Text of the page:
Ukraine War: India’s Successful Navigation Through Geo-Strategic Turbulence

Offered a rock and a hard place, India chose neither and successfully navigated a difficult geo-strategic situation with safeguarding of its national interest as the corner-stone. The Indian posture has also successfully underlined a space where an independent approach to international issues can be pursued rather than belonging to blocs

By Ravi Srivastava

Special Feature Archive

The Manifestation

The Russian decision to undertake a full-fledged military action against Ukraine surprised many by its sheer audacity. The threat appeared very real to everyone but no one actually believed it would be anything beyond posturing by Russia. The ‘special operations’ as President Putin has described it, was indeed building up since December 2021.

The US felt that by releasing satellite imageries and intelligence, Russia will be deterred from the invasion. However, as the world witnessed, President Putin had clear plans for the offensive. It’s still a matter of debate as to what drove President Putin so hard. But surely for Russia, the question was not whether the war would happen but how to manage it.

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The US independently, and NATO collectively, were clear that any direct confrontation with Russia would be a sure recipe for disaster. But the war has brought major balancing challenges for India, which it was not prepared for.

Post Cold War and India’s economic liberalisation, India was treading a fine diplomatic balance with the major world powers. The aim has been to get closer to its defined national goal of self-reliance.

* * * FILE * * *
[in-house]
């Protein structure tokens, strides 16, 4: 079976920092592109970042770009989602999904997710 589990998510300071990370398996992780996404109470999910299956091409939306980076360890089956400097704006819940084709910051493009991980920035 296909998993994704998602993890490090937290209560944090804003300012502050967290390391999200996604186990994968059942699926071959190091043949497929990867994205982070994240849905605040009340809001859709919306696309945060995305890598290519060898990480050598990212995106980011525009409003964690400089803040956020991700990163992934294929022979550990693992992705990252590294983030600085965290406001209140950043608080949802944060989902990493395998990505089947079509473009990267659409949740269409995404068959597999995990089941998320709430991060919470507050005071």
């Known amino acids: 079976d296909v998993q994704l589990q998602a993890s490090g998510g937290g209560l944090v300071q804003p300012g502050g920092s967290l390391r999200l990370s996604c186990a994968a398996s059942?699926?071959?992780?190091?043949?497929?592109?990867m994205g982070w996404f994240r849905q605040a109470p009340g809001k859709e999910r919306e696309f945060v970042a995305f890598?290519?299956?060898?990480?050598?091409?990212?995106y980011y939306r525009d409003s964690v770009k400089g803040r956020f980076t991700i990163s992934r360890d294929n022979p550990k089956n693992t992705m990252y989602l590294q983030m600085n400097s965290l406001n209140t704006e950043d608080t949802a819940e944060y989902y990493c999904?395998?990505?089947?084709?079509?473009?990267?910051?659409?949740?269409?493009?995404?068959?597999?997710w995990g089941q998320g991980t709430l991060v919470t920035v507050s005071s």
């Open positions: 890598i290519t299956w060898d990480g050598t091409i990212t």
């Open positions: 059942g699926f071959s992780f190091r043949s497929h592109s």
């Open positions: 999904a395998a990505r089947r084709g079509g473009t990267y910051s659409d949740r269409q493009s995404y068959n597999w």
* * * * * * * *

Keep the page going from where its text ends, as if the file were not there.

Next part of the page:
India was smart and successful to an extent. While on one hand it was acquiring major Russian weapon systems, on the other hand, it was given steady access to sensitive US technologies.

For India, it would be fair to thank some geopolitical developments beyond its influence which compelled the US to seek strong, strategic and closer relations with New Delhi despite its known and continuing association with Russia.

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The US and Russia both saw India as a major factor in the regional dynamics. Both continued with mega deals, while choosing not to confront India openly

The US and Russia both saw India as a major factor in the regional dynamics. Both continued with mega deals, while choosing not to confront India openly. Instances are numerous wherein Russia has expressed its discomfort with terms like “Indo-Pacific” and US senators have reminded India of CAATSA.

But as it turned out some positive diplomatic moves by India ensured all such irritants are kept at manageable levels. India knew that keeping the temperatures low is best way forward, as it will give access to cutting edge technology and investment from across the globe. But the unexpected invasion altered the setup on its head, the question was whether to choose Russia or the West? India opted to take both of them together.

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Changing Course

With the conflict extending well into its fifth month and Russia not appearing yet to lay down its war objectives, the end doesn’t seem close yet. This extended conflict has brought about certain fundamental changes which were probably unthinkable in the geo-strategic calculus a few months back.

In spite of all negative publicity by the Western press, Russia has appeared much firm and stronger. On the contrary, the US wasn’t ready for a challenge of this magnitude. The recent unpleasant experience of Afghanistan and continued coercive tactics by China appears to have considerably reduced the US appetite for undertaking unilateral military action in any part of the world.

The EU has been vertically split on taking a collective call on Russian energy. What came out of extended consultation and multiple reservations among the member states was a divided house. They looked to buy time with a hope, that the war ends before they need to take a self-destructive decision.